Since I went to my first Python Conference in 2013 (coincidentally, one that I kicked off and helped organize with no other references: PyCon Spain) I have been lucky enough to travel to many other conferences around the world, always giving a talk or participating in some way. Some of these events were in places far away from my home town, and these, in particular, brought mesmerizing experiences that I will always remember. After being invited to the first SciPy Latin America in 2015 in Posadas, Argentina and the second Free Culture Festival in 2017 in Bucaramanga, Colombia, it was about time for another groundbreaking trip. And the fifth PyCon Namibia exceeded all my expectations.
And also made my head explode several times.
Burning prejudices to the ground
I first heard from PyCon Namibia in a lightning talk at EuroPython 2016 by Daniele Procida, community manager at Divio and wonderful ambassador. That was three years ago, and I still remember my head exploding with questions ("a PyCon in Africa?", "50 % women attendees? that must be the most diverse PyCon in the world!") while enjoying Daniele's exquisite sense of humor.
From that point, I knew I had to go. But when, and how? Every year I checked PyCon Namibia's website to realize that... could not make it that February. At some point the planets aligned, and I knew 2019 would be that year: I bought my ticket to the conference, donated another one, waited for someone to respond to my inquiry email, and booked my plane. I was going to a tech conference in Sub-Saharian Africa, and I could not be more excited.
But the surprises were just about to start.
(2019-02-16) "Doha, 01:24 local time. I am about to board to Namibia, and we are all white. Something is not quite right here."
All I knew about Namibia came from Wikipedia: a relatively young country, doing reasonably well from an economic point of view, English as the official language (weird)... But suddenly, my population sample of Namibian citizens going back home (leaving aside a bunch of tourists, probably going to a safari) was all white, and I could only hear German and Afrikaans. The idea that maybe people of color in Namibia perhaps could not afford air travel felt revolting, and I just wanted to land and get back to "reality".
There's no picture from my arrival to Namibia. I wanted to avoid distractions from my smartphone and hear, see and feel everything.
Daniele and Adam were waiting for me at the airport, and we had a great time the first two days, which were essential for me to break all the rules: I drank ice, I ate worms, I wore short sleeve, I didn't smear myself in mosquito repellent. Yes: I also felt like a stupid, fearful tourist for not realizing that Windhoek, the capital city of Namibia, is just a normal city, unlike how it's depicted in some "travel recommendation" guides or vaccination leaflets.
Adam taught me an important lesson in Namibia: while talking to him about self-censorship and shitty interactions with strangers on Twitter, and the fact that I had been considering creating a bot that would remove my tweets after some days, he just said: "own your actions". That left me thinking the whole trip, and the result is that I deleted my personal Twitter account and started this blog.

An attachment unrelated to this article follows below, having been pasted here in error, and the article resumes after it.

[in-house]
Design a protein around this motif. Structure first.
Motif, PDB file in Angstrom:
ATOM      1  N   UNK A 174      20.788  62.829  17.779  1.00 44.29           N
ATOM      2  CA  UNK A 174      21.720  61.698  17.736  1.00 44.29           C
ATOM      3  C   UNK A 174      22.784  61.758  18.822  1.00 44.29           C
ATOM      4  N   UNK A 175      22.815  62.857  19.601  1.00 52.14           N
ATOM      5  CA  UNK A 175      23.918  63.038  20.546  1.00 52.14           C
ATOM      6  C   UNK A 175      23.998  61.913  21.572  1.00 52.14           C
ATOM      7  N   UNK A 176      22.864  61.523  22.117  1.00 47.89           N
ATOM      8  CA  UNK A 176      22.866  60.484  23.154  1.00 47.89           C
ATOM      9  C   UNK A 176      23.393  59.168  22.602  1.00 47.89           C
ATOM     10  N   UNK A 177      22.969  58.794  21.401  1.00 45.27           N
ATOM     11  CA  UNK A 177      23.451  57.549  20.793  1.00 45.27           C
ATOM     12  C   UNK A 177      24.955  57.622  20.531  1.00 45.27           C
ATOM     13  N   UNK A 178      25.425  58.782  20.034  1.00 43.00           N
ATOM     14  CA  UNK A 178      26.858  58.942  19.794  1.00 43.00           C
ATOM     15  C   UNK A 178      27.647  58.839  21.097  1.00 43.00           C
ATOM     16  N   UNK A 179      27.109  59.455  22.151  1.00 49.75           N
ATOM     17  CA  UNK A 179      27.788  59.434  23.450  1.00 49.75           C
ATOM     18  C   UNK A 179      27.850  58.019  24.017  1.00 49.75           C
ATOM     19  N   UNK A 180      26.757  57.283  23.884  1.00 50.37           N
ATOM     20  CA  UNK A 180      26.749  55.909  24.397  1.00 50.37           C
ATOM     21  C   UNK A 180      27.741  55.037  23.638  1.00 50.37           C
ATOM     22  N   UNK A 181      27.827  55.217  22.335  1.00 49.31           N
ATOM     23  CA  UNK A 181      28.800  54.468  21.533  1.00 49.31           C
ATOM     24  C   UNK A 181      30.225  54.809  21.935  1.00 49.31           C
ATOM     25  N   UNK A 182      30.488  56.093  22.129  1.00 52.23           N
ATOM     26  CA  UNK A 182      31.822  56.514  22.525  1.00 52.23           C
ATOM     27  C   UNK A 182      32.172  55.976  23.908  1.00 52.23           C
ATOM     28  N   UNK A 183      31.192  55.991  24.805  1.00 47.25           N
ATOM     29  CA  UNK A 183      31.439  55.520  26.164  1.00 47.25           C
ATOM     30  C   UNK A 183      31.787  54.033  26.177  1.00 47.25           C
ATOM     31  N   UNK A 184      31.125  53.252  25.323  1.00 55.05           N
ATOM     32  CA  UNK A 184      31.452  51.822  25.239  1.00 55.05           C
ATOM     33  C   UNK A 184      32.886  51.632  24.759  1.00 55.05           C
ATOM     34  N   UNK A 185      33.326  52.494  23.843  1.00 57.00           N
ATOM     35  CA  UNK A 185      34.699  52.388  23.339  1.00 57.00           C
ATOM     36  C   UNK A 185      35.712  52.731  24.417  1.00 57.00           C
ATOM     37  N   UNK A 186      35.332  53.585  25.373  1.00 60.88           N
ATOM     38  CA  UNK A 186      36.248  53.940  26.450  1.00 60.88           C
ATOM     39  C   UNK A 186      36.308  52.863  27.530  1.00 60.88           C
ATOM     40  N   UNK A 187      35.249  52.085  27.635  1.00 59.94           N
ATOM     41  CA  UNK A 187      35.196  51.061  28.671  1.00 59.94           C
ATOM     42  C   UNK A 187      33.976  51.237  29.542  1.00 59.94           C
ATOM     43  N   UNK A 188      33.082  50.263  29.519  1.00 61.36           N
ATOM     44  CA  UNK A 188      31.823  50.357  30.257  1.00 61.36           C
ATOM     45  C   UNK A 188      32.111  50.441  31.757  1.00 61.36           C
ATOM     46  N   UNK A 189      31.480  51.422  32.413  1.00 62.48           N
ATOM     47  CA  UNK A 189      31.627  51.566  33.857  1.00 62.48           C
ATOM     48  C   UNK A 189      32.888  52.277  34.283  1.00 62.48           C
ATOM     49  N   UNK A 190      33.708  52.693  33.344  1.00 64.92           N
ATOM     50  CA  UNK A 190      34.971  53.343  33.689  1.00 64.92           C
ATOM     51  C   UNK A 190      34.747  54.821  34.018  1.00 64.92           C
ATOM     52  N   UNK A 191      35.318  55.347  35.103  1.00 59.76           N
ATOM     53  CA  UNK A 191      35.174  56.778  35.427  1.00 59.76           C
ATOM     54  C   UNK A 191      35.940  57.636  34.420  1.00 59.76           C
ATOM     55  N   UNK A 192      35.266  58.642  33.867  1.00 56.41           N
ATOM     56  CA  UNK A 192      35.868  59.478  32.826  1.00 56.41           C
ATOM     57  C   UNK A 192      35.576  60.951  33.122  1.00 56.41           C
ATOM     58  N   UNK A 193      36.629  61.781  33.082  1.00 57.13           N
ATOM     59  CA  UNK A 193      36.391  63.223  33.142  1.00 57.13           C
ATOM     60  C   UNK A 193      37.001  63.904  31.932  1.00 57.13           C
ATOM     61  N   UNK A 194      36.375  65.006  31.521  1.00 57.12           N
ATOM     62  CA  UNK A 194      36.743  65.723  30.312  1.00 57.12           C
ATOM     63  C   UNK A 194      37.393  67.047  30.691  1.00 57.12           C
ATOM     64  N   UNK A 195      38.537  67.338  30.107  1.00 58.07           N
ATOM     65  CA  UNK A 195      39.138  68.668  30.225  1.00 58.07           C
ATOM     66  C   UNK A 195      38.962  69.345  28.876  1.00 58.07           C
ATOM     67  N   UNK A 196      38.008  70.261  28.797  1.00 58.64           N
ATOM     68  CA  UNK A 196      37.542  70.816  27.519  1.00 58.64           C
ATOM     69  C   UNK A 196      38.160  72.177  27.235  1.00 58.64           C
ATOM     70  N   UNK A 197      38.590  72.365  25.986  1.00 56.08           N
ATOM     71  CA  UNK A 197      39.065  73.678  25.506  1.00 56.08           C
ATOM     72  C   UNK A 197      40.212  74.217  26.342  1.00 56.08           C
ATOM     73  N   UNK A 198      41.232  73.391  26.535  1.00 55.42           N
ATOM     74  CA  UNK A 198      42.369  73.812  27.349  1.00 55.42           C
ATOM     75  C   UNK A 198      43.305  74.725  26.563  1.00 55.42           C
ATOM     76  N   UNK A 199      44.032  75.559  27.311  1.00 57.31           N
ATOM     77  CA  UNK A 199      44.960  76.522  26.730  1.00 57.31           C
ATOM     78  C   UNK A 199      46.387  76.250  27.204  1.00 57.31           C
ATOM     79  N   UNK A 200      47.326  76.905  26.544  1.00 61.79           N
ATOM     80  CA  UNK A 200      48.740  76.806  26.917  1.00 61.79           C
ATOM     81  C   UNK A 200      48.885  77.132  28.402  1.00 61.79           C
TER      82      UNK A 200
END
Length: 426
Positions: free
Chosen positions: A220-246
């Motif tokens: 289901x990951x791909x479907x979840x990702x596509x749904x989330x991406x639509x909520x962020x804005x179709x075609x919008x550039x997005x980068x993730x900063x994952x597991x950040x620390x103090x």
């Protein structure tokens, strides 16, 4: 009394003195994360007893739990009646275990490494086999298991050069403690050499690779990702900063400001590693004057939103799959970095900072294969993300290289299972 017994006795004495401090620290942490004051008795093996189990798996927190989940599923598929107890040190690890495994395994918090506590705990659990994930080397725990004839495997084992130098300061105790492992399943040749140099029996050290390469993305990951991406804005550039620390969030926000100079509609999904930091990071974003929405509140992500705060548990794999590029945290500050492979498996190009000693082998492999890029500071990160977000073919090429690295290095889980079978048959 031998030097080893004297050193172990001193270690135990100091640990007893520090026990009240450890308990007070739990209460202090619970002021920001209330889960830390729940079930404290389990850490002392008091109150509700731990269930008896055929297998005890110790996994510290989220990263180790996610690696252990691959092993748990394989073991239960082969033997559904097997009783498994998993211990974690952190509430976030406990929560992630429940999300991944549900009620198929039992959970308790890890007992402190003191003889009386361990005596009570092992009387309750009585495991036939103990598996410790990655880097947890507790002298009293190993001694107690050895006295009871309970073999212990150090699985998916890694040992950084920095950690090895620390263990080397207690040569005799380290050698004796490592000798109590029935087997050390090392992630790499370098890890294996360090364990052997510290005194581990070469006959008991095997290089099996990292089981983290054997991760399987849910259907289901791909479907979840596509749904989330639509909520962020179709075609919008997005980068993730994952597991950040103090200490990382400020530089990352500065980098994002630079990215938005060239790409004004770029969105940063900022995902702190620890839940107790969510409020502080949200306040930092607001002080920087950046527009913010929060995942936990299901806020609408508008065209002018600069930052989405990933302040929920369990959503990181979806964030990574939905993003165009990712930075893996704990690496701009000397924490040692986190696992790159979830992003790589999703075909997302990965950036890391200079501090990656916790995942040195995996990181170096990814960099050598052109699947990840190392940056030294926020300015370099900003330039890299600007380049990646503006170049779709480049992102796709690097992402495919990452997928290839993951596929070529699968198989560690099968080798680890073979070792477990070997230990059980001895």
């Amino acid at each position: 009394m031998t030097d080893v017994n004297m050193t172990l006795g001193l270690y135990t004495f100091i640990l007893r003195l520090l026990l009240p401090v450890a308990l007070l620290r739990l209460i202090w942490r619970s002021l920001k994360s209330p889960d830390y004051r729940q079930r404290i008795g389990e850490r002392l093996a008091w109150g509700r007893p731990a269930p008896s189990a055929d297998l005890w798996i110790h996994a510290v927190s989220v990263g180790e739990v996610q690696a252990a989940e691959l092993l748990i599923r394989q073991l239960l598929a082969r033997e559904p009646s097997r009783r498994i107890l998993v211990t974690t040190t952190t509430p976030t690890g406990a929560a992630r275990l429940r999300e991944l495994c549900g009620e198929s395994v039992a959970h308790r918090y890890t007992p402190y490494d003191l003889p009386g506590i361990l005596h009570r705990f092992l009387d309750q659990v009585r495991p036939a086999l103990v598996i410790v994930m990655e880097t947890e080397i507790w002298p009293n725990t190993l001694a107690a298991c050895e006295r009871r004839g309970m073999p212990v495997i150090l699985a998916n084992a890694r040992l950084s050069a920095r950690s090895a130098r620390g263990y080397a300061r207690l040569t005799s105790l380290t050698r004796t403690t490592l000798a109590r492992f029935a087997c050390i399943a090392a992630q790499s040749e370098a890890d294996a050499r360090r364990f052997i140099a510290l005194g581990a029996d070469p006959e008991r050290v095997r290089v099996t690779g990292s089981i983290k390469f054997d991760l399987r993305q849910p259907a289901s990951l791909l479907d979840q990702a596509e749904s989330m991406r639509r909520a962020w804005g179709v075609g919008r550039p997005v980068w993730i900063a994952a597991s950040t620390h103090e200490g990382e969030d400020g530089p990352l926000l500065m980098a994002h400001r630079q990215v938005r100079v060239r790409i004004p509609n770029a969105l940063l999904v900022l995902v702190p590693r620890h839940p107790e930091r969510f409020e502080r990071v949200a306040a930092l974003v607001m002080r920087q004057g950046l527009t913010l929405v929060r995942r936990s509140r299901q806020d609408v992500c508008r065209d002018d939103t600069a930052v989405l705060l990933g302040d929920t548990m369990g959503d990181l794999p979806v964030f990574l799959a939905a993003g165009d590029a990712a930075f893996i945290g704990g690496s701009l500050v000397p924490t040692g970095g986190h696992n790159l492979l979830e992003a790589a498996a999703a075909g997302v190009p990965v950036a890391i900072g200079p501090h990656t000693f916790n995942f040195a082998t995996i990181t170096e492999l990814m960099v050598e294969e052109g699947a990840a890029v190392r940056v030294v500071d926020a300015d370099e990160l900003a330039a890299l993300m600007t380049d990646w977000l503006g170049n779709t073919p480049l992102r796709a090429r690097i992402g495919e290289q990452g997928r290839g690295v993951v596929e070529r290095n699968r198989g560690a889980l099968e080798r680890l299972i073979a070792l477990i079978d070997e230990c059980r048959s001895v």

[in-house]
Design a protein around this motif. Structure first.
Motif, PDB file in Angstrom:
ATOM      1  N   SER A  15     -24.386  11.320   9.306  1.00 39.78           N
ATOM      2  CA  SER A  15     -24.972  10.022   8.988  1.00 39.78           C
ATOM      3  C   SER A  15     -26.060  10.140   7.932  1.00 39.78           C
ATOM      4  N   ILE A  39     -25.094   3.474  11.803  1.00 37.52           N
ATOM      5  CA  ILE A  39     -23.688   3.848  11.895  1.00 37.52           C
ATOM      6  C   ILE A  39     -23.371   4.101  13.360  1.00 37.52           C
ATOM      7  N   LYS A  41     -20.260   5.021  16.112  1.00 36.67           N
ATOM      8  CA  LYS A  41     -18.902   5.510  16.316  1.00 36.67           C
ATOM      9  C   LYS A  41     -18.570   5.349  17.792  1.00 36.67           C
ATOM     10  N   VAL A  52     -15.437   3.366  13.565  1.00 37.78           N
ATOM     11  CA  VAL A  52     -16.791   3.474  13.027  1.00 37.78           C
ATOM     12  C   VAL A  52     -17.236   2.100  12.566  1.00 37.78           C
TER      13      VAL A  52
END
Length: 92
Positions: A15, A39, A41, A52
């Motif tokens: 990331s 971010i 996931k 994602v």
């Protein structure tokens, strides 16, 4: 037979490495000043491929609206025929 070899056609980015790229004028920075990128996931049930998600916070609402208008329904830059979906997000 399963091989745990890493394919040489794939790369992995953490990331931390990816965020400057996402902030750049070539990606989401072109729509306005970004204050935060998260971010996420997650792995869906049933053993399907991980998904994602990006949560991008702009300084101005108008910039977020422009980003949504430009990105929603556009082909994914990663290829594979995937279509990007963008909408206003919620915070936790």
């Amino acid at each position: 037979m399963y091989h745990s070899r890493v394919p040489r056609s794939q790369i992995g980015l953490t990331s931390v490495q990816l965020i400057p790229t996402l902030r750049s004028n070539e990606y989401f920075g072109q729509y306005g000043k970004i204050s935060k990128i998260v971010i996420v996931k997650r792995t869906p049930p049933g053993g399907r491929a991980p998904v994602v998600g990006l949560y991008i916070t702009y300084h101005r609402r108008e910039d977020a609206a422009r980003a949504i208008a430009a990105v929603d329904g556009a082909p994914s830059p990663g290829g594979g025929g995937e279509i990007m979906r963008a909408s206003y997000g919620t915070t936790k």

You guessed right: my head was exploding.
What comes next are my raw (translated) notes from a trip we did the day before the conference. I hope you can forgive my naïveté: I was still a stupid, fearful traveler.
(2019-02-18) "Around 13:00, we arrive in Katutura. I don't understand a word, but there's a great atmosphere. I'm a bit worried about the meat, not sure what to do. Two young girls are eating it without trouble... I might die of diarrhea, but this is delicious.
Barefoot girls, their parents are sewing. Lots of places to shave off and get a haircut, they look like meeting places where people just go and talk. The street market is very clean.
A man uttering something makes us uncomfortable. Do we bother him with our presence? Jessica [our guide and PyConNA co-organizer, more on her later] doesn't seem impressed.
The Sun burns, but the dressmakers need a lightbulb to see what they're doing because everything is covered and a bit dark. Their language is called Otjiherero, from the "Herero" tribe.
Right behind me, a man yells: 'You are limited to grow higher because you have no money!'
The strange man keeps uttering things around us, hitting his chest. The dressmakers are amused. I'm not sure if anyone actually understands him.
'The currency for herero is cattle.'
The dressmakers sweat to the lightbulb while we observe. The dress progresses slowly, layer by layer. Can you imagine that in reality they don't dress like that and everything is a joke to make fun of tourists, easily impressed?
Sandrine has become a local attraction. A man approached to ask how much he likes the combination between the dress and her skin color for a wedding. 'Now we only need a husband.'
Goodbye = Peri nawa Thank you = Ndangi, Okuhepa Hi = Kora I'm good = Nawa
15:00 - My hands are stained with clay. The clay with which the women that danced for us cover their body. We didn't understand the rules, or the rhythm, or the language, but we danced with them nonetheless. They explained the clothes they wear when reaching adulthood, when they marry, when their parents die. And they asked the same to us. Meanwhile, lots of children around us were listening with an expression of amazement in their faces, as if all of that was new to them as well. When they were satisfied, the natives shook our hands and left. My hands are stained with clay, and tomorrow I'm going to a tech conference."